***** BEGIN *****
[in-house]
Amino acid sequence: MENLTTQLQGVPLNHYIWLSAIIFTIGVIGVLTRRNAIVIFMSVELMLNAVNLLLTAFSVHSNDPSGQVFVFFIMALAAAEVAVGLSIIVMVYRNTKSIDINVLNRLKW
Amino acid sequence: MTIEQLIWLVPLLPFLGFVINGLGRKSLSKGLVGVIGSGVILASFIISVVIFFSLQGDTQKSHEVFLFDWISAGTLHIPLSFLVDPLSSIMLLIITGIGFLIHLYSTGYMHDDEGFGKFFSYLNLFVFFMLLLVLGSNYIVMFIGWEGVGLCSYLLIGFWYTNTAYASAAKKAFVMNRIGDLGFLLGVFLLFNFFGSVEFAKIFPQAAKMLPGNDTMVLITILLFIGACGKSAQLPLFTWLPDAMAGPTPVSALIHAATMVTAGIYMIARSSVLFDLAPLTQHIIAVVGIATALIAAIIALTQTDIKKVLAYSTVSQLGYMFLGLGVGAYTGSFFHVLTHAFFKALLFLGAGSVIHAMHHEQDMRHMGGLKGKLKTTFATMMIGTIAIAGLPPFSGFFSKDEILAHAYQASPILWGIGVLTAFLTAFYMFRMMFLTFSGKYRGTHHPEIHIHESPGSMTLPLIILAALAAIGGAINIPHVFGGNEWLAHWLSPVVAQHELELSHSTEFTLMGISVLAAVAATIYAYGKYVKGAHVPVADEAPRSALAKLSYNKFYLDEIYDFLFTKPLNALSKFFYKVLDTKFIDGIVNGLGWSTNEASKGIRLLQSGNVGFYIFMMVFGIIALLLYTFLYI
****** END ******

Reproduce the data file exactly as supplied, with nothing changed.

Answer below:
[in-house]
Amino acid sequence: MENLTTQLQGVPLNHYIWLSAIIFTIGVIGVLTRRNAIVIFMSVELMLNAVNLLLTAFSVHSNDPSGQVFVFFIMALAAAEVAVGLSIIVMVYRNTKSIDINVLNRLKW
Amino acid sequence: MTIEQLIWLVPLLPFLGFVINGLGRKSLSKGLVGVIGSGVILASFIISVVIFFSLQGDTQKSHEVFLFDWISAGTLHIPLSFLVDPLSSIMLLIITGIGFLIHLYSTGYMHDDEGFGKFFSYLNLFVFFMLLLVLGSNYIVMFIGWEGVGLCSYLLIGFWYTNTAYASAAKKAFVMNRIGDLGFLLGVFLLFNFFGSVEFAKIFPQAAKMLPGNDTMVLITILLFIGACGKSAQLPLFTWLPDAMAGPTPVSALIHAATMVTAGIYMIARSSVLFDLAPLTQHIIAVVGIATALIAAIIALTQTDIKKVLAYSTVSQLGYMFLGLGVGAYTGSFFHVLTHAFFKALLFLGAGSVIHAMHHEQDMRHMGGLKGKLKTTFATMMIGTIAIAGLPPFSGFFSKDEILAHAYQASPILWGIGVLTAFLTAFYMFRMMFLTFSGKYRGTHHPEIHIHESPGSMTLPLIILAALAAIGGAINIPHVFGGNEWLAHWLSPVVAQHELELSHSTEFTLMGISVLAAVAATIYAYGKYVKGAHVPVADEAPRSALAKLSYNKFYLDEIYDFLFTKPLNALSKFFYKVLDTKFIDGIVNGLGWSTNEASKGIRLLQSGNVGFYIFMMVFGIIALLLYTFLYI